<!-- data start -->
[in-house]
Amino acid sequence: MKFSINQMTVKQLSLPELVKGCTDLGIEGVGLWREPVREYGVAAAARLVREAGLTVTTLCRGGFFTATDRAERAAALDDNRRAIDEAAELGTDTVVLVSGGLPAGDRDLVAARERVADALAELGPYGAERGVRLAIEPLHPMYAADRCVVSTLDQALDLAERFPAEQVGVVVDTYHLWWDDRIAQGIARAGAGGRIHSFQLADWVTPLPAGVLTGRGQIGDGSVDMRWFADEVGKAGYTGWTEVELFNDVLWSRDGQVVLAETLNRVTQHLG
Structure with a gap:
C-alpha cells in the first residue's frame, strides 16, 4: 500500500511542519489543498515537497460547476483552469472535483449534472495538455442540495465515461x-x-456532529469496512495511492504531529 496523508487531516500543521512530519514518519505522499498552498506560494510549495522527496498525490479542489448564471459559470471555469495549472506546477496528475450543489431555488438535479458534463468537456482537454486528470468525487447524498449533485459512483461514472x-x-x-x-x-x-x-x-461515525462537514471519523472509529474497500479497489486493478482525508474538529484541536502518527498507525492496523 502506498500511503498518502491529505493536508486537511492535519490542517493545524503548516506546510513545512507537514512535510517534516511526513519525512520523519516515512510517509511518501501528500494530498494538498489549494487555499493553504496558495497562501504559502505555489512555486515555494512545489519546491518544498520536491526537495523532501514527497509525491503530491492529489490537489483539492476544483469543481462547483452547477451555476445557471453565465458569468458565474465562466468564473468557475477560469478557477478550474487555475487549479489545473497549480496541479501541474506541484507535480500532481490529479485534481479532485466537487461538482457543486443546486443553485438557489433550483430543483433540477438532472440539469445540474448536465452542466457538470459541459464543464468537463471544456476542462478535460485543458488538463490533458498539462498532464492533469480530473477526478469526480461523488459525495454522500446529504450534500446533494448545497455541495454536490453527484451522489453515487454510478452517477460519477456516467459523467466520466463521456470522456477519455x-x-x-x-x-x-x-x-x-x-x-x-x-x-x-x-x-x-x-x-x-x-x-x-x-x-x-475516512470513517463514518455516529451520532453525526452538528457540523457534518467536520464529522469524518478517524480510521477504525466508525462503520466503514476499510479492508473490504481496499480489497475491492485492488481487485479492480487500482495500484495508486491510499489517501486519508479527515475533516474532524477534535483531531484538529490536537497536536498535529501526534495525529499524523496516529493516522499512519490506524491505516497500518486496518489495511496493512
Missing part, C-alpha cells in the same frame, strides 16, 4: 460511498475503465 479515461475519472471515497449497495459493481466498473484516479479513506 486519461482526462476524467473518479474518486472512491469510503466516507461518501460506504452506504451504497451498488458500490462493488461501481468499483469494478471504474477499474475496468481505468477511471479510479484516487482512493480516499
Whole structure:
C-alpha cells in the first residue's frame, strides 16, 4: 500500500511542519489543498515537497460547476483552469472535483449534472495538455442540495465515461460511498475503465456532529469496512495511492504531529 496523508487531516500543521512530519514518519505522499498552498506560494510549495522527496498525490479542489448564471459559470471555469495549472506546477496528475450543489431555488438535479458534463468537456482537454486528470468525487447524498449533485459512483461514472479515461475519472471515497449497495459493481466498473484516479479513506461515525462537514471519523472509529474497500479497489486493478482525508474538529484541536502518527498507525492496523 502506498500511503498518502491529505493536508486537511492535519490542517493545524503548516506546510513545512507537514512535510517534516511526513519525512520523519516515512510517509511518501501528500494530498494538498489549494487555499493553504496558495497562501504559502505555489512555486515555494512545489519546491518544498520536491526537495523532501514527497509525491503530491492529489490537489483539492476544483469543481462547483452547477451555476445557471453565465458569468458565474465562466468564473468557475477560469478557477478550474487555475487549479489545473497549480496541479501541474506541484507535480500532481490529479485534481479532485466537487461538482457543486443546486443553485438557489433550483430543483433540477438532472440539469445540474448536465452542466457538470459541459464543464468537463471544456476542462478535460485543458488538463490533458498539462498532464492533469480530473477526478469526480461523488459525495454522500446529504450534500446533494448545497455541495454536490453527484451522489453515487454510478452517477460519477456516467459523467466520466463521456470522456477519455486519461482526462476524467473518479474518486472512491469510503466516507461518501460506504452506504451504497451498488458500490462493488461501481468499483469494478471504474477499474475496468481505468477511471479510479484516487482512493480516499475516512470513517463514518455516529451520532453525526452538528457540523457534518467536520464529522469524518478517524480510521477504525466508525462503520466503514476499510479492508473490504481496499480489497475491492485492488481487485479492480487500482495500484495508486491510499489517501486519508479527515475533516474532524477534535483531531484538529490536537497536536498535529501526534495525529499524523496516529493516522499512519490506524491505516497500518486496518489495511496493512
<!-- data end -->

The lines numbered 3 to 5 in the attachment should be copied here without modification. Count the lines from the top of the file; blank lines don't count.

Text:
Structure with a gap:
C-alpha cells in the first residue's frame, strides 16, 4: 500500500511542519489543498515537497460547476483552469472535483449534472495538455442540495465515461x-x-456532529469496512495511492504531529 496523508487531516500543521512530519514518519505522499498552498506560494510549495522527496498525490479542489448564471459559470471555469495549472506546477496528475450543489431555488438535479458534463468537456482537454486528470468525487447524498449533485459512483461514472x-x-x-x-x-x-x-x-461515525462537514471519523472509529474497500479497489486493478482525508474538529484541536502518527498507525492496523 502506498500511503498518502491529505493536508486537511492535519490542517493545524503548516506546510513545512507537514512535510517534516511526513519525512520523519516515512510517509511518501501528500494530498494538498489549494487555499493553504496558495497562501504559502505555489512555486515555494512545489519546491518544498520536491526537495523532501514527497509525491503530491492529489490537489483539492476544483469543481462547483452547477451555476445557471453565465458569468458565474465562466468564473468557475477560469478557477478550474487555475487549479489545473497549480496541479501541474506541484507535480500532481490529479485534481479532485466537487461538482457543486443546486443553485438557489433550483430543483433540477438532472440539469445540474448536465452542466457538470459541459464543464468537463471544456476542462478535460485543458488538463490533458498539462498532464492533469480530473477526478469526480461523488459525495454522500446529504450534500446533494448545497455541495454536490453527484451522489453515487454510478452517477460519477456516467459523467466520466463521456470522456477519455x-x-x-x-x-x-x-x-x-x-x-x-x-x-x-x-x-x-x-x-x-x-x-x-x-x-x-475516512470513517463514518455516529451520532453525526452538528457540523457534518467536520464529522469524518478517524480510521477504525466508525462503520466503514476499510479492508473490504481496499480489497475491492485492488481487485479492480487500482495500484495508486491510499489517501486519508479527515475533516474532524477534535483531531484538529490536537497536536498535529501526534495525529499524523496516529493516522499512519490506524491505516497500518486496518489495511496493512
Missing part, C-alpha cells in the same frame, strides 16, 4: 460511498475503465 479515461475519472471515497449497495459493481466498473484516479479513506 486519461482526462476524467473518479474518486472512491469510503466516507461518501460506504452506504451504497451498488458500490462493488461501481468499483469494478471504474477499474475496468481505468477511471479510479484516487482512493480516499